Herndon is home to more than 100 restaurants and 1,300 businesses, according to Dennis Holste, economic development manager for the Town of Herndon.
More than 40 businesses are now located in Sunset Business Park.
Walk into 100 Bowls of Soup on a Tuesday, Wednesday or Thursday; “this place is humming,” said owner Katharine Mardirosian, of McLean.
“When the two kettles are going, piping hot, it smells spectacular. It could be the spices in the curry lentil, it could be the tomatoes in the the tomato basil, it could be the aroma from the chicken stock; the smells and sights are part of the experience,” said Mardirosian.
Hands-on cooking classes are planned for the fall and Mardirosian wants to help customers learn the preparation and cooking of simple, fresh, nourishing meals from scratch.
“Part of our mission is education and enrichment,” she said. “People aren’t just looking for the how to, but the why; why is this good for me, why should I eat this way, why should I choose these ingredients, why should I choose this way of life?”
Mardirosian relocated her business, 100 Bowls of Soup, from her 150-square-foot space in Vienna to 279 Sunset Park Drive in Sunset Business Park.
A formal ribbon cutting is tentatively scheduled for Sept. 12, 2015, even though she is already open for business.
“It is a leap, a huge business decision,” she said. “Not only am I doubling down, I’m tripling down.”
Mardirosian shares her kitchen space with Deborah Gudelsky of Deborah Joy’s Gluten Free and Deepa Patke of Aromatic Spice Blends.
MORE THAN 14 restaurants are located in Sunset Business Park, according to Holste.
The Aslin brewery is close to its opening around the corner from 100 Bowls of Soup.
Andrew Kelley, a financial planner who lives in Clarendon, Kai Leszkowicz, a Fairfax County police officer who lives in Herndon, and Richard Thompson, a remodeler from Reston, plan to open their nano-brewery on Sept. 4, 2015 at 257 Sunset Park.
Getting to 100
A sampling of the 100 soups eventually to be included on the menu at 100 Bowls of Soup.
Tomato Basil (summer menu)
Watermelon Gazpacho (summer)
Zucchini Basil (summer)
Summer Minestrone (summer)
Fennel Garlic and Bean (summer)
Cuban Black Bean (summer)
Tomato Gazpacho (summer)
Green Gazpacho (summer)
Beet Gazpacho (summer)
Spicy Black Bean
African Coconut Curry
Arugula, Leek and Yam
Black Eyed Pea and Cabbage
Fall Butternut Squash
Harissa Red Lentil
Mushroom Onion and Miso
Roasted Fennel, Garlic and Bean
Parsnip Apple Ginger
Spicy Black Bean
Sweet Potato Vindaloo
Three Bean Chili
Frozen Real Chicken Stock
Frozen Real Beef Stock
Frozen Real Vegetable Stock
Frozen Mushroom Stock
“We are all home brewers and just had that interest,” said Thompson. “At first, we were just joking around but each one of us would do something that furthered the process along.”
When their beer tasted as good or better than their favorite craft beers, they knew they could trust their vision. “Everything has fallen into place fairly easily,” said Thompson.
Thompson has remodeled and built the bar, even crafting the wood holders for taste testing in the shape of Virginia. Motorists have driven by and seen his sign.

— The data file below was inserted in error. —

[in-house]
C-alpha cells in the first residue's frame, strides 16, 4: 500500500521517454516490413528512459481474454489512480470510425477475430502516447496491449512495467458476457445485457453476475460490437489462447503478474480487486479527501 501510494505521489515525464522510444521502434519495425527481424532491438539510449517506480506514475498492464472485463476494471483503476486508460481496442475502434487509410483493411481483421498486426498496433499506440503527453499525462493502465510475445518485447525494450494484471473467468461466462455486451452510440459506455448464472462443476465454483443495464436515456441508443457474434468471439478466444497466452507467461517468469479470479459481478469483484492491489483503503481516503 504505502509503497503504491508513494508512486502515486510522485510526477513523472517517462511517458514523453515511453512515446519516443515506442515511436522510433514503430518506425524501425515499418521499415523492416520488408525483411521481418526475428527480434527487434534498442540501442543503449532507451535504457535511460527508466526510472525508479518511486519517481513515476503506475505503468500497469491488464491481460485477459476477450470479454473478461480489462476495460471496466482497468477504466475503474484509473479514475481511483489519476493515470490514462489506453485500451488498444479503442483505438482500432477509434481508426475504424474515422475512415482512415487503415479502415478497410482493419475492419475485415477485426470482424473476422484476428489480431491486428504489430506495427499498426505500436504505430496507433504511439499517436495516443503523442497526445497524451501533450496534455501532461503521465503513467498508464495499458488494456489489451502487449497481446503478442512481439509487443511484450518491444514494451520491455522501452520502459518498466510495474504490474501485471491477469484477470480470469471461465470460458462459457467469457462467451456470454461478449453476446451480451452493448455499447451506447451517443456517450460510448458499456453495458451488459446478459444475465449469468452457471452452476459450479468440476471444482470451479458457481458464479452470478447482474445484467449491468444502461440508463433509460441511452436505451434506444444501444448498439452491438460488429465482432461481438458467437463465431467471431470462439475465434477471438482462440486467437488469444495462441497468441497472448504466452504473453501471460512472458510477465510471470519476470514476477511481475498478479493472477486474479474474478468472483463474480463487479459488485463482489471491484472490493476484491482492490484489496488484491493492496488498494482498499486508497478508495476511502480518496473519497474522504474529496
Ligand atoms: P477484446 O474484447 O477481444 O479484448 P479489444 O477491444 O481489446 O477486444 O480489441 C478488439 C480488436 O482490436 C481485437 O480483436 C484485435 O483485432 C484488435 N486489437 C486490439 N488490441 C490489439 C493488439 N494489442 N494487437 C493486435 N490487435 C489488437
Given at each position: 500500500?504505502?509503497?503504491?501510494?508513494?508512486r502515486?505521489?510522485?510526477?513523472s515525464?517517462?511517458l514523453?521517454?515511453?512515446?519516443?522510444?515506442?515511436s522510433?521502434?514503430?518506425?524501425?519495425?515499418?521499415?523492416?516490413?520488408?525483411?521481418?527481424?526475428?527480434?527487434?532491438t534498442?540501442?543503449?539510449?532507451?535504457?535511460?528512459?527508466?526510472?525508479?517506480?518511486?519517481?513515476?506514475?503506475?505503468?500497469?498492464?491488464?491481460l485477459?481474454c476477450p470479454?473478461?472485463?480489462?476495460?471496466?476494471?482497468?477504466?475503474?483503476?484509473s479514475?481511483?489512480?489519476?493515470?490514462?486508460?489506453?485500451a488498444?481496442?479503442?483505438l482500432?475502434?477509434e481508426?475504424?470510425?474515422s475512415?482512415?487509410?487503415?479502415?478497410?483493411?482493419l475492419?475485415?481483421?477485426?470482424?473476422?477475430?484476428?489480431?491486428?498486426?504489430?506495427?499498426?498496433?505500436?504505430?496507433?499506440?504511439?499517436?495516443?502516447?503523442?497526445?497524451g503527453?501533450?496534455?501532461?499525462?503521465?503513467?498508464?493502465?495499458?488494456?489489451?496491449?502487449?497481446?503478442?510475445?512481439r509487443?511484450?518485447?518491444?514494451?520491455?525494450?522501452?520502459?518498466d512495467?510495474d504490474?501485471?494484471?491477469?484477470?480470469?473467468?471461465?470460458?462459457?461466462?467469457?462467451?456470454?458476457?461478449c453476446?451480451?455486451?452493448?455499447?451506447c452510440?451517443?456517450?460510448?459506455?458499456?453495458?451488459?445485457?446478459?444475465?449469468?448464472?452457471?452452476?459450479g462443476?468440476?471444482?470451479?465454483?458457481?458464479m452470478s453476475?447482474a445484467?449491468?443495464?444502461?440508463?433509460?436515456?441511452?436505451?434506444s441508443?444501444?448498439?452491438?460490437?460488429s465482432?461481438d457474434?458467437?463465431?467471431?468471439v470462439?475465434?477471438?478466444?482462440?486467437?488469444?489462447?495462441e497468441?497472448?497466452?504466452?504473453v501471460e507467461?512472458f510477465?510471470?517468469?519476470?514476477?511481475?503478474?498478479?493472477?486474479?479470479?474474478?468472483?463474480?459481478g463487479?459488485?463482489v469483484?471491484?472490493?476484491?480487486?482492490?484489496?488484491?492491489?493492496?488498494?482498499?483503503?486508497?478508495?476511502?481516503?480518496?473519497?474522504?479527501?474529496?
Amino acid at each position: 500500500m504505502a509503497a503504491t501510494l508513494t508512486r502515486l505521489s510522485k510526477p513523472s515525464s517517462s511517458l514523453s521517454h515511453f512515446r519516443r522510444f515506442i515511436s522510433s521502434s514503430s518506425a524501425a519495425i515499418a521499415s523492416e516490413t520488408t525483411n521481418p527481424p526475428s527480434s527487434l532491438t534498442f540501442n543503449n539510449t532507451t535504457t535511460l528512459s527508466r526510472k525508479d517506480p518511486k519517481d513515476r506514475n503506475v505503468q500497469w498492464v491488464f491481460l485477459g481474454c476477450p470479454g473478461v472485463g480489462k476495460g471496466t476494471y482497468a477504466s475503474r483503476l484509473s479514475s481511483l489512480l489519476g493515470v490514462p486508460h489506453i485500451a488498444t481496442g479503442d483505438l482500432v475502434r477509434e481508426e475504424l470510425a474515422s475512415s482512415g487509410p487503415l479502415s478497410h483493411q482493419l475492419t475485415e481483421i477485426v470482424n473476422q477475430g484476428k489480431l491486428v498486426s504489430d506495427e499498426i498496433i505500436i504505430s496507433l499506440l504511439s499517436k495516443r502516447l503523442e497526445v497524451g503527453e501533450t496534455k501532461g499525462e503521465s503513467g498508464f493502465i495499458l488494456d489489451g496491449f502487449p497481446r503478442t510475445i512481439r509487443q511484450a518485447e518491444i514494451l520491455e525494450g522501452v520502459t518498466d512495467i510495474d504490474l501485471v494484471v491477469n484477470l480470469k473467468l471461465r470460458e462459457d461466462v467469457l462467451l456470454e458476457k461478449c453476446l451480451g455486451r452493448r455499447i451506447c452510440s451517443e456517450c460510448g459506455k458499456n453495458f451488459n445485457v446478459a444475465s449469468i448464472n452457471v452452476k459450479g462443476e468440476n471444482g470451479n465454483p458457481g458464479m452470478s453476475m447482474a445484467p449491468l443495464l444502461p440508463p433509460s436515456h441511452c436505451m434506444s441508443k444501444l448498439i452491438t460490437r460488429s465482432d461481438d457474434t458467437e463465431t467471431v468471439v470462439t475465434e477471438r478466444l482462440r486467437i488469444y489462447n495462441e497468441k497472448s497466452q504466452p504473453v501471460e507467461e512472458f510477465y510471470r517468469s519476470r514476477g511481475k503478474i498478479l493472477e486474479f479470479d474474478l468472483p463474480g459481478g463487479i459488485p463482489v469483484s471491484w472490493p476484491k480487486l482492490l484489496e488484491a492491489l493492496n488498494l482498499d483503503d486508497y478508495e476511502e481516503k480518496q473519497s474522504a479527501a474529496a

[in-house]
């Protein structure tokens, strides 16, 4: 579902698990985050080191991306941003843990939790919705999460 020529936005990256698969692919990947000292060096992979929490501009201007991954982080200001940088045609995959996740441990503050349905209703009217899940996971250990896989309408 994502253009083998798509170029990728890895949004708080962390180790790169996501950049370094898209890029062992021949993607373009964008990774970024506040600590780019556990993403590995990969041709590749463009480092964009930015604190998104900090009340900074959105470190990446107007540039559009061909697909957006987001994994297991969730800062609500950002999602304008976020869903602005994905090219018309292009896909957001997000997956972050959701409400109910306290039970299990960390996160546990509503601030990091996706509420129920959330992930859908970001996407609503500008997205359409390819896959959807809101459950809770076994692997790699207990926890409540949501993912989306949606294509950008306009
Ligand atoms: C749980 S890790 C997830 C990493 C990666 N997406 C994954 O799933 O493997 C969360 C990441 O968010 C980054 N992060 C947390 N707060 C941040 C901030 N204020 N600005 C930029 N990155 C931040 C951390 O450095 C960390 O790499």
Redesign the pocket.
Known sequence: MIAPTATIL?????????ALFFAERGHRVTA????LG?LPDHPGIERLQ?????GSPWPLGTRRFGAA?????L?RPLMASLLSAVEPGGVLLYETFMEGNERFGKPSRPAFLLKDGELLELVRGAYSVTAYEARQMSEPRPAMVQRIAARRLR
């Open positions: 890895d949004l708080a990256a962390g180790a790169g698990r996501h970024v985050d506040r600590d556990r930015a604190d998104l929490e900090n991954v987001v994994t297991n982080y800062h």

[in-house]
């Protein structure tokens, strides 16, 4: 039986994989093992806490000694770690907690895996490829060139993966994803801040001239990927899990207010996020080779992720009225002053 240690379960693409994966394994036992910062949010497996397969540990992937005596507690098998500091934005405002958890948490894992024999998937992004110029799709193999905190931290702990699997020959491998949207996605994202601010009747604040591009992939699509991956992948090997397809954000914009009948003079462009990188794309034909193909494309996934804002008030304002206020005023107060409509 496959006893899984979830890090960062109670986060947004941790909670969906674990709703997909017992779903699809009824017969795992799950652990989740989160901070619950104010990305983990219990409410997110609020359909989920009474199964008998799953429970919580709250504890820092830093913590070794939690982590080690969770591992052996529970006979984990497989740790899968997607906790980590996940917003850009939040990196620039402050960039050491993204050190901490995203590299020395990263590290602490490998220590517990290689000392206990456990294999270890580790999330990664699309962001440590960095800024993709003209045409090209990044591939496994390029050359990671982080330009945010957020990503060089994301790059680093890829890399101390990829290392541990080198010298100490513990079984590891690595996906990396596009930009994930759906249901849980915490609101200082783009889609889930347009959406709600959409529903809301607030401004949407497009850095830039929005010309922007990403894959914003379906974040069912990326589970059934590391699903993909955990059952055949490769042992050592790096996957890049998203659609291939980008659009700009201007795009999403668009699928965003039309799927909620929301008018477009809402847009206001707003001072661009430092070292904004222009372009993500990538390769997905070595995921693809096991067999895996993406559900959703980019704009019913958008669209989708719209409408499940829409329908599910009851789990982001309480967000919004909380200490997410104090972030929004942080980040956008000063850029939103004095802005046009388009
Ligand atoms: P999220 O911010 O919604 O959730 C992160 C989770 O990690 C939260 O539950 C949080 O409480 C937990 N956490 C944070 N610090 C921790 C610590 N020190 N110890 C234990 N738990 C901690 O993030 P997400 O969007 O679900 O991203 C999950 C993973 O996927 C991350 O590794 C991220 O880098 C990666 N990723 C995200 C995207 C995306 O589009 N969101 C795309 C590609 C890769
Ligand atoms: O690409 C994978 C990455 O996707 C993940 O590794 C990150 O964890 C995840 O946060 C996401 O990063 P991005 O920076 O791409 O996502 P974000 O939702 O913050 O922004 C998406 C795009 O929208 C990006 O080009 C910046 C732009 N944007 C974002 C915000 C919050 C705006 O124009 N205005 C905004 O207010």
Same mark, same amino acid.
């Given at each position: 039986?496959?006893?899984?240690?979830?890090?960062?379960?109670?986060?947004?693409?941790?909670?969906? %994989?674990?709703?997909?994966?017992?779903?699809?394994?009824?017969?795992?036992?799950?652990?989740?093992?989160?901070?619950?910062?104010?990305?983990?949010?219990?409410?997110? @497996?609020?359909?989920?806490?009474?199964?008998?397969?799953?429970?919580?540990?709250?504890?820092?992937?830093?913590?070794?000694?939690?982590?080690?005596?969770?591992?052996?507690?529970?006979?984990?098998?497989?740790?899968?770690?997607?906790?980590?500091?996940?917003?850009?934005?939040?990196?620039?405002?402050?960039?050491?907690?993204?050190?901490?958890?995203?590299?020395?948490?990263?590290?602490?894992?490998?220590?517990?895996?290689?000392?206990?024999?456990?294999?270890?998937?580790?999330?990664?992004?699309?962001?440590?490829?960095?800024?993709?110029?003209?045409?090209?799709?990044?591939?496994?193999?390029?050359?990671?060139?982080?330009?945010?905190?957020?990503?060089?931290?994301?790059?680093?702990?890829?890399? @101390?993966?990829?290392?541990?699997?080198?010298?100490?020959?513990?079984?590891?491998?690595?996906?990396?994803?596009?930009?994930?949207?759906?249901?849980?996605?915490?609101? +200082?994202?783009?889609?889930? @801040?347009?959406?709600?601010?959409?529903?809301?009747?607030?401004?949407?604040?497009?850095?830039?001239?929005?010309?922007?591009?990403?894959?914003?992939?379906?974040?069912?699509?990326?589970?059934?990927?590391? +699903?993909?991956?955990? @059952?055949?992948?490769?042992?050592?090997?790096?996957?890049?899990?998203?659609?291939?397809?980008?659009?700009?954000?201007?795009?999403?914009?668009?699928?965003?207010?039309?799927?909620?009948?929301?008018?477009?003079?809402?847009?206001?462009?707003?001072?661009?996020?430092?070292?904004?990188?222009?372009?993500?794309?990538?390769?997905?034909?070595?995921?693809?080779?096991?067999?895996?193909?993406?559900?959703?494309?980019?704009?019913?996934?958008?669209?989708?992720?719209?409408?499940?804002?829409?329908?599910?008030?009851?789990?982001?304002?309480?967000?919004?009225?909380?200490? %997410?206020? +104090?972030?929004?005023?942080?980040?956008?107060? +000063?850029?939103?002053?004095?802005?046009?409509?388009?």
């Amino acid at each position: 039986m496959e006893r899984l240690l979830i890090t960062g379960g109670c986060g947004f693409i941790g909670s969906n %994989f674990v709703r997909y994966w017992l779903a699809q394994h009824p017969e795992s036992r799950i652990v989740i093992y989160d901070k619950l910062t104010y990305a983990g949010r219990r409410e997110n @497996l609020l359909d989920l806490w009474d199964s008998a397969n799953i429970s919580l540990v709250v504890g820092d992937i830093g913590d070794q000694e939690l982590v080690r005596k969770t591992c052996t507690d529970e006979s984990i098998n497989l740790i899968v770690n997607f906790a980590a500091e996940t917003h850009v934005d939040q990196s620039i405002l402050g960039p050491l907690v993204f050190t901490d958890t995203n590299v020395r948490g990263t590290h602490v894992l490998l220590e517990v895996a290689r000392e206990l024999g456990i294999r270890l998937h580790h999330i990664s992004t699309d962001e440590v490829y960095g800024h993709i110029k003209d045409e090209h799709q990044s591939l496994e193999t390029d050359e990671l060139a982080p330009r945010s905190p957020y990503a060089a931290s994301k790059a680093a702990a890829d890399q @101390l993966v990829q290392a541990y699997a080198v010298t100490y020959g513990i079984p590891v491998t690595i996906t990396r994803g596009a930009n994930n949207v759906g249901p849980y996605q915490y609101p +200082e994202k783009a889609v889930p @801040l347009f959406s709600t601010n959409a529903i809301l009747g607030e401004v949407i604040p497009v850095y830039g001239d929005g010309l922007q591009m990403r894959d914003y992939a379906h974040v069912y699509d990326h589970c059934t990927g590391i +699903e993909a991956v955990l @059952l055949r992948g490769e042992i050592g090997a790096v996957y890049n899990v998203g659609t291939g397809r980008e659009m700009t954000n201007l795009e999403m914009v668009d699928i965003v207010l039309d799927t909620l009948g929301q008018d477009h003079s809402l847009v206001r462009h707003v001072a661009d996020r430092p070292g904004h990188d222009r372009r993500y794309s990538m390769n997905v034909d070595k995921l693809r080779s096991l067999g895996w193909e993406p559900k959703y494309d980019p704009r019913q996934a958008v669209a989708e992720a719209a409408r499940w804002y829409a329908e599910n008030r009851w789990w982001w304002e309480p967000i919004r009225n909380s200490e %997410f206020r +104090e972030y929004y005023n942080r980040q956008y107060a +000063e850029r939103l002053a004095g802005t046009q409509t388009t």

“Countless number of people have stopped and asked, ‘When are you opening?’” said Thompson.
THE MENU CHANGES with the season at 100 Bowls of Soup.
Right now, soups on tap include curry lentil, green gazpacho, tomato gazpacho, beet gazpacho, watermelon gazpacho, spicy black bean, tomato basil, fennel garlic and black bean, minestrone and zucchini basil. But in the fall, her menu will include apples, beets, mushrooms and potatoes.
You’ll see Mardirosian and her colleagues at the Herndon’s Farmers Market on Thursday morning, selling their soups but also growing their partnerships with vendors of local, organic produce that she uses whenever possible; her stock/bone broths and meat soups are made from pastured chicken and 100 percent grass fed beef.
The kitchen is gluten free.
She says she was inspired by her love of soup and her mother-in-law’s cooking.
“I started 100 Bowls of Soup in 2009 with the idea of sharing simple, homemade nourishing soup and stock with friends and family. I wanted to create soup from scratch and real bone stock that was as flavorful and fresh as it was nourishing,” she wrote about her store. “I wanted to cook seasonally and get to know the farmers and artisans who grew and raised the ingredients I used in our soups and stock. I began cooking my first batches of soup in a local church kitchen, selling the soup at several artisanal food stores and at the Reston Farmers Market,” according to her website.
Her soups are now available at MOM’s Organic Market, The Organic Butcher of McLean, Maple Avenue Market in Vienna, Salud in Great Falls, and online via Washington Green Grocer and Hometown Harvest.
The kitchen, open Monday through Saturdays from 11 a.m. to 5 p.m., includes a retail store with soups, broths both vegan and stock/bone, gluten free baked goods, and spice blends and chutneys.
She envisions, by the time temperatures drop in winter, having two pots of hot soup ready for customers to carry out, and a pot of stock/bone broth to serve.
“Just like a cup of tea,” she said, “It’s so nourishing.”